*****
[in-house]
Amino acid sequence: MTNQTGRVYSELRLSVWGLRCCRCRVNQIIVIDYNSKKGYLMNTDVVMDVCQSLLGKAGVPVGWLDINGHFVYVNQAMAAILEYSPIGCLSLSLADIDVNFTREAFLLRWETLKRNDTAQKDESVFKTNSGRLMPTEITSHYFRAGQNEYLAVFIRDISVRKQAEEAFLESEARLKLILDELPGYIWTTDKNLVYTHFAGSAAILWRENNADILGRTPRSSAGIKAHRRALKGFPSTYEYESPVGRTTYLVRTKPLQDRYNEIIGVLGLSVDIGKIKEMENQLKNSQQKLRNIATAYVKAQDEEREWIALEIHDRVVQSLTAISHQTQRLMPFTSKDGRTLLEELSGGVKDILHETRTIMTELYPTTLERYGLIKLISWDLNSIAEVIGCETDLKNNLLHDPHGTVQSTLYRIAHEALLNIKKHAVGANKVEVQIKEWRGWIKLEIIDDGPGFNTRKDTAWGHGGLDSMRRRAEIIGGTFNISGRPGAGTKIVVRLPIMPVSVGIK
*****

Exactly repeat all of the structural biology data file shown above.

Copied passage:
[in-house]
Amino acid sequence: MTNQTGRVYSELRLSVWGLRCCRCRVNQIIVIDYNSKKGYLMNTDVVMDVCQSLLGKAGVPVGWLDINGHFVYVNQAMAAILEYSPIGCLSLSLADIDVNFTREAFLLRWETLKRNDTAQKDESVFKTNSGRLMPTEITSHYFRAGQNEYLAVFIRDISVRKQAEEAFLESEARLKLILDELPGYIWTTDKNLVYTHFAGSAAILWRENNADILGRTPRSSAGIKAHRRALKGFPSTYEYESPVGRTTYLVRTKPLQDRYNEIIGVLGLSVDIGKIKEMENQLKNSQQKLRNIATAYVKAQDEEREWIALEIHDRVVQSLTAISHQTQRLMPFTSKDGRTLLEELSGGVKDILHETRTIMTELYPTTLERYGLIKLISWDLNSIAEVIGCETDLKNNLLHDPHGTVQSTLYRIAHEALLNIKKHAVGANKVEVQIKEWRGWIKLEIIDDGPGFNTRKDTAWGHGGLDSMRRRAEIIGGTFNISGRPGAGTKIVVRLPIMPVSVGIK